Posted on March 29, 2010 in Reports
Washington, D.C. - March 26, 2010 - The Arab American Institute (AAI) held a briefing on Capitol Hill entitled, American Perceptions of the Israeli-Palestinian Conflict: Discussion on New Zogby International Poll, Shifting Attitudes, and Outlook for 2010. The discussion was led by two leading experts on the Middle East, U.S. public opinion and American policy-making: AAI President Dr. James Zogby and MJ Rosenberg, Senior Fellow, Media Matters Action Network.
Dr. James Zogby began the discussion with observations about Zogby International's 2010 poll "American Opinions on the Israeli-Palestinian Conflict." He addressed observations about the poll's main findings beginning with results about Israel's favorability among Americans. The poll shows that Israel retains a strong overall view in the eyes of Americans, but the numbers have been slipping since 2009 due to a partisan split over the opinion of Israeli Prime Minister Benjamin Netanyahu. It was then noted that Palestinian numbers have also declined between 2009 and 2010, also demonstrating a partisan split on the opinion of Palestinian President Mahmoud Abbas. It was also a significant finding that a plurality of poll takers oppose Israeli settlements, even though there is a large partisan split among Democrats and Republicans on this issue. Throughout different aspects of the poll, Dr. Zogby noted that "the partisan divide is operation here and has been growing the last several years."
Despite strong partisan splits on some issues, Dr. Zogby emphasized that "one area with a strong bipartisan consensus" is that the continuing Israeli-Palestinian conflict negatively impacts the U.S. This is demonstrated by the fact that 81% of responders in the poll agreed with the statement that the "Israeli-Palestinian conflict has a negative impact on U.S. interest." This poll result reflects similar opinions to the Obama Administration's stance on the issue of settlements and also General Petraeus' recent statements regarding the impact that the Israeli-Palestinian conflict has on overall U.S. relations in the Middle East. Dr. Zogby suggested that the poll shows significant American support for the policies of the Obama Administration, but even if people are inclined to support the President, they are not sure why because we are "missing a sense of clarity on the issue."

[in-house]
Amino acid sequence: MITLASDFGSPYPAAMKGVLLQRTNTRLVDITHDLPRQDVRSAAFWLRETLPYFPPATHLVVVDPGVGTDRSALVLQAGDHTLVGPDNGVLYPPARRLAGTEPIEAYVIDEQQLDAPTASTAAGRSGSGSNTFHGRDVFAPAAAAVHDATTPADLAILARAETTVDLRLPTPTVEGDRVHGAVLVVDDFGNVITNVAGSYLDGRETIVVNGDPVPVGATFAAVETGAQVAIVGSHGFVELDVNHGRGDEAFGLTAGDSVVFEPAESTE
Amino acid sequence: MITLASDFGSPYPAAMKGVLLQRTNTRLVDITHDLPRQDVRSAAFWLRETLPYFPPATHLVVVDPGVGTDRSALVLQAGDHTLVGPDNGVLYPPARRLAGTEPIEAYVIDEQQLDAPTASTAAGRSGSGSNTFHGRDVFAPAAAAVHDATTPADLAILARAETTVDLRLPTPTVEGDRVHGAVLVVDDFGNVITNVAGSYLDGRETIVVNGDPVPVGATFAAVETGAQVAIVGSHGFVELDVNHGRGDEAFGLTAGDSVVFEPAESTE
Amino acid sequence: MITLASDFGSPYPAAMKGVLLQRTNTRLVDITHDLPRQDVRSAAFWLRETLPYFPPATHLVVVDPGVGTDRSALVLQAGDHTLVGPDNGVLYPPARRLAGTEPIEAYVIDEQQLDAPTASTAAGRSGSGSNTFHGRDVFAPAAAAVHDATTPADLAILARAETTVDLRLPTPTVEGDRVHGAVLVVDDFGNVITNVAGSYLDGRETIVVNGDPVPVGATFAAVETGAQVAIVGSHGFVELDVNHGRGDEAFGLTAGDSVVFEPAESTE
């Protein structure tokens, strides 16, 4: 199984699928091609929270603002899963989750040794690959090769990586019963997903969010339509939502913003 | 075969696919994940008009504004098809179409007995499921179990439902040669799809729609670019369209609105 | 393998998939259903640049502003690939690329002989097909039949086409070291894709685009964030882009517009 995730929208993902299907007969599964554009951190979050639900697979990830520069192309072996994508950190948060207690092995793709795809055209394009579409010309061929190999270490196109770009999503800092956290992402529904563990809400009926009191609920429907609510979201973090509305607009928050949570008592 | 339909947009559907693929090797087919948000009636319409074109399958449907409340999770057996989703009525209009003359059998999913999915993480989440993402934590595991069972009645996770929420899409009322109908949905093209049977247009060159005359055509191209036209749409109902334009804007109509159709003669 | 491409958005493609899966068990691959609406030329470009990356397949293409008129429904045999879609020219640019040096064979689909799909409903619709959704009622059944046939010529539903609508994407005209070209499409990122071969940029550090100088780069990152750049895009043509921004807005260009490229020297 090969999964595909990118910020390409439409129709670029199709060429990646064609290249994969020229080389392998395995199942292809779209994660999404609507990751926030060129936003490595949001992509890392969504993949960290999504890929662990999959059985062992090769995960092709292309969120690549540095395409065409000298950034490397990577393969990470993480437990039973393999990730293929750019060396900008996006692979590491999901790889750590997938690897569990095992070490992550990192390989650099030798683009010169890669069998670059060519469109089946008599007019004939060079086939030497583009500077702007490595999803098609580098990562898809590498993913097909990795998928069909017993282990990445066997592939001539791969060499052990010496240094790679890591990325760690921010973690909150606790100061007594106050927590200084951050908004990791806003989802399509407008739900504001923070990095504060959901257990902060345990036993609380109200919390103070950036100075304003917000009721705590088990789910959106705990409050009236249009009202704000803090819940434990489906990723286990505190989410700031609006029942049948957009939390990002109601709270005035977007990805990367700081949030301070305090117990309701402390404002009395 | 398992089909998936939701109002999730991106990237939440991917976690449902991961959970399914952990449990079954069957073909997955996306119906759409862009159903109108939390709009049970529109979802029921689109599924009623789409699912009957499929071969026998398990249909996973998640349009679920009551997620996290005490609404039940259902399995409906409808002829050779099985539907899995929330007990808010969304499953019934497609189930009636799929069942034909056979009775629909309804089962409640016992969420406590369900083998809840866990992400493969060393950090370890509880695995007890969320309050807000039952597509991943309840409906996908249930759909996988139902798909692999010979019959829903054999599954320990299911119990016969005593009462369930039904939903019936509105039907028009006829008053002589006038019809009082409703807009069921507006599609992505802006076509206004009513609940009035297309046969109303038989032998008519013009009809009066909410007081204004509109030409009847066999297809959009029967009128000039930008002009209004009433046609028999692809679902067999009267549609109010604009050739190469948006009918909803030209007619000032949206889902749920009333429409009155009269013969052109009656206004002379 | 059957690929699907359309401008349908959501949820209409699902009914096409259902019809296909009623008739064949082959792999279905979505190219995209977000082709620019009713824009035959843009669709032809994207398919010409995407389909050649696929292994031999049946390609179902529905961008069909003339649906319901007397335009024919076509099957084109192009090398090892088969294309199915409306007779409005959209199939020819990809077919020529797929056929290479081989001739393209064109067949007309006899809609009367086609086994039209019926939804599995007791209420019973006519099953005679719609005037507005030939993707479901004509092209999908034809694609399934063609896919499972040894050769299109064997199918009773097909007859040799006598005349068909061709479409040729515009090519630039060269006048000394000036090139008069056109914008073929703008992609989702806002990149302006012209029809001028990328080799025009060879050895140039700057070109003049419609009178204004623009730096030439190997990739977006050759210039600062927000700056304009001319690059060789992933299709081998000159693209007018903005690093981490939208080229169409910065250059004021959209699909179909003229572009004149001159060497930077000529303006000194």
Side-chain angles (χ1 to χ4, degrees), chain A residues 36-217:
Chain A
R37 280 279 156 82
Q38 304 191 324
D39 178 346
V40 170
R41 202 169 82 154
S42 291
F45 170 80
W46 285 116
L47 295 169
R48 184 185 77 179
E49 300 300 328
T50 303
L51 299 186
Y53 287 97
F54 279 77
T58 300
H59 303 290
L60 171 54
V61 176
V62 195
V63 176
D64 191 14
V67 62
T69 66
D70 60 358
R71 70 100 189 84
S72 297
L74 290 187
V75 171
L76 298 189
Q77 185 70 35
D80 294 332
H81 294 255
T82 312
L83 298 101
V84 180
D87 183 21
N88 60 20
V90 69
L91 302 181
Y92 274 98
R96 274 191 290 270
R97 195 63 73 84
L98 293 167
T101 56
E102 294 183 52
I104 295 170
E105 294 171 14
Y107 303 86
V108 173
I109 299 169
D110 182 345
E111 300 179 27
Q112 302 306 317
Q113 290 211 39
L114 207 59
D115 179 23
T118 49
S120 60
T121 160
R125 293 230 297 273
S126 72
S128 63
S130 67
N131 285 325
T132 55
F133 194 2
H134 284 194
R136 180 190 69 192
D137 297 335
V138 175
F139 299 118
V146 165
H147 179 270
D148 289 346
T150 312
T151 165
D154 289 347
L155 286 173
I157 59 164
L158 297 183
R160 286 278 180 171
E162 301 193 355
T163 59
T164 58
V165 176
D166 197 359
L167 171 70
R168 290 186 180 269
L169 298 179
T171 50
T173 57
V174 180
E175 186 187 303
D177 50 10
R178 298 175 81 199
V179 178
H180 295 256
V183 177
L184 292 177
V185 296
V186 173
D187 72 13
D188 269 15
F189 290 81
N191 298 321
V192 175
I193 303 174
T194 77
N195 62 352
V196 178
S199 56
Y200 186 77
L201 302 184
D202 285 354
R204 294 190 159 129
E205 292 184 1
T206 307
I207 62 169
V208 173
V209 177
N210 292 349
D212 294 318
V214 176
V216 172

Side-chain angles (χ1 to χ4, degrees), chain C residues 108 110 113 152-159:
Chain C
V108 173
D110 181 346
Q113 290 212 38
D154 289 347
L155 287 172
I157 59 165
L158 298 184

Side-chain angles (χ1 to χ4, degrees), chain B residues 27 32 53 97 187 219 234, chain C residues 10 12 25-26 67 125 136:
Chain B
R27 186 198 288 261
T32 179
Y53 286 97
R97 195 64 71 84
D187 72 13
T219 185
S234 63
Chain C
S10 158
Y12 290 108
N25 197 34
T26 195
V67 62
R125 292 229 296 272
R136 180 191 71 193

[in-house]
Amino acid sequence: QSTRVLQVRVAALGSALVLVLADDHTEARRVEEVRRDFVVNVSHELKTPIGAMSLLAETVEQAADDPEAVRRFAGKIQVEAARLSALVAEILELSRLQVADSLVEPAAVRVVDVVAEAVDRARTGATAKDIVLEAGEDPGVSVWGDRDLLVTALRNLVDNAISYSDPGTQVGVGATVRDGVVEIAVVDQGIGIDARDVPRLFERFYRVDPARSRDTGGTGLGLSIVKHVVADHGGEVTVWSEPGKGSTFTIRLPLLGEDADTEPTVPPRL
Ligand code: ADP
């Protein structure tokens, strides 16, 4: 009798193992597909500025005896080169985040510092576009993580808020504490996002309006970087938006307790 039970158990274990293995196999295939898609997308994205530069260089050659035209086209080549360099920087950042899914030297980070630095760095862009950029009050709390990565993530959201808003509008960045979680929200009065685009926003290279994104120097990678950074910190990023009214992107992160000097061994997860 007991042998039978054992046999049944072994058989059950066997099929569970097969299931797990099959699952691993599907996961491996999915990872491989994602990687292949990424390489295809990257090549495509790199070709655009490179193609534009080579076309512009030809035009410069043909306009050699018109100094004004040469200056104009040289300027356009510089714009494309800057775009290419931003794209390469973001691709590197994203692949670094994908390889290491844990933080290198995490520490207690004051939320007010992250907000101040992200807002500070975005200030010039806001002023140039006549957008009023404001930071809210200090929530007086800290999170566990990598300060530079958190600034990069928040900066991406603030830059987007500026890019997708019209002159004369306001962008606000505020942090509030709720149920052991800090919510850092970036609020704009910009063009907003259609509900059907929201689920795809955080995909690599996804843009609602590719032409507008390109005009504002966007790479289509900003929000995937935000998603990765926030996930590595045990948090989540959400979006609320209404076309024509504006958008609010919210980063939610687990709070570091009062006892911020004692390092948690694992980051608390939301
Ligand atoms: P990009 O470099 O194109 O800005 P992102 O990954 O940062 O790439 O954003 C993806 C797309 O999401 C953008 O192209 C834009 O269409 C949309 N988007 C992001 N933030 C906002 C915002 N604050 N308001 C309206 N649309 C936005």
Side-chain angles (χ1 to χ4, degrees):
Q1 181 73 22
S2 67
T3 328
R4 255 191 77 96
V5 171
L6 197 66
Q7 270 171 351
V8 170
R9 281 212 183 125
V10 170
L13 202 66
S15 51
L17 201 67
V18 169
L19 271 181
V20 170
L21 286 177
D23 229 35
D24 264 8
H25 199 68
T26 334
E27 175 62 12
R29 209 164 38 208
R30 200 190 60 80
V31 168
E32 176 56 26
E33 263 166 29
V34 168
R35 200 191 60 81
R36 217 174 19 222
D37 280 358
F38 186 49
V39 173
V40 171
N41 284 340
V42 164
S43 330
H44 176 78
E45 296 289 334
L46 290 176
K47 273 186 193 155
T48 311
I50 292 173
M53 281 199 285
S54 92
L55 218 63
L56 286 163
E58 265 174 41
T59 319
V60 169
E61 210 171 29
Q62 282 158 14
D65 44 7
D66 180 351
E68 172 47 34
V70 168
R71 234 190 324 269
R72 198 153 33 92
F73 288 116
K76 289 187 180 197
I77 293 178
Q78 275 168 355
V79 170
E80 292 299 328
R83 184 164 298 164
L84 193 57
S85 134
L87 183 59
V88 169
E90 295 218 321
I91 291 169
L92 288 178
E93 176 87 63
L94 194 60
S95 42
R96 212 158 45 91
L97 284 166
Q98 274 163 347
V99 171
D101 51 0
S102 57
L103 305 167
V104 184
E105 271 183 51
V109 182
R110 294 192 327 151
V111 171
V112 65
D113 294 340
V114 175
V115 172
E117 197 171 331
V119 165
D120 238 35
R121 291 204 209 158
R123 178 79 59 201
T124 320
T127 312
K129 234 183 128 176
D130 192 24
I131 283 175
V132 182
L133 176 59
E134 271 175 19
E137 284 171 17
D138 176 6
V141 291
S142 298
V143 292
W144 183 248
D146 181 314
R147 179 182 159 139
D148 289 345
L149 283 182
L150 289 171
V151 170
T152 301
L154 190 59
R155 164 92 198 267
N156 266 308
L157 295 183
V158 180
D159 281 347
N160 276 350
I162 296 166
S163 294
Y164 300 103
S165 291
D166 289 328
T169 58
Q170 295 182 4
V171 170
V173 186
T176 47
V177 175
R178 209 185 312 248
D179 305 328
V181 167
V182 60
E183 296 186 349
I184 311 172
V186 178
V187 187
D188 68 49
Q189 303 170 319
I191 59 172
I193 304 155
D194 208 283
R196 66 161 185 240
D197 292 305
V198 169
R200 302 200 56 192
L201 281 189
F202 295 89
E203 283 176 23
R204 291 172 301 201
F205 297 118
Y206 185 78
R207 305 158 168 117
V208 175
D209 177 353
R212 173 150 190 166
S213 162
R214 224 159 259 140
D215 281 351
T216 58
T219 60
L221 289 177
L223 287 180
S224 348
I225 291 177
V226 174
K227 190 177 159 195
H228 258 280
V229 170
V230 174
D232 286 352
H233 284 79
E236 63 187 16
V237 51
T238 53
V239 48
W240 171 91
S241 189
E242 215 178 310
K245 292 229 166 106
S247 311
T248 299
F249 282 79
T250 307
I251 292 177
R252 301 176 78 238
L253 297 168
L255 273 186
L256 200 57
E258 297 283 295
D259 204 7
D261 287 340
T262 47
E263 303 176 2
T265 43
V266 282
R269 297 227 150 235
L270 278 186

MJ Rosenberg further discussed the importance of the poll findings, most notably the difference between American support for Israel 30 years ago and today. Rosenberg reinforced the idea of partisan divide on the issues, making the observation that it used to be that "liberal Democrats supported Israel and right wing Republicans were indifferent and now liberal Democrats are the least supportive." However, Rosenberg emphasized the distinction between popularity for Israel and opinions about Israeli government policies. It is not that Israel is less popular, but instead "it is the policies people don't like."
Following the summary of the poll findings was a question and answer session where the main concern was the future outlook for 2010. The continual lack of understanding about the Palestinian narrative was brought up and Dr. Zogby attributed the low poll numbers for favorability towards Palestinians to the fact that stories about Palestinians as people "just like us" are "too few and far between."
Both Dr. Zogby and MJ Rosenberg agreed that despite partisan splits on specific issues, the poll reflects an overall shift in American attitudes regarding how the current situation of the Israeli-Palestinian conflict negatively impacts the U.S. They emphasized that the conflict reaches further than the Middle East and it is also about Americans now. The conflict as it is today directly impacts U.S. relations in the entire Middle East region. Dr. Zogby noted that it is now about the U.S. "saving itself in a part of the world where we have done wrong for too long."
For Dr. Zogby's Washington Watch article about the poll, please click here.
To view the poll results in full, please click here.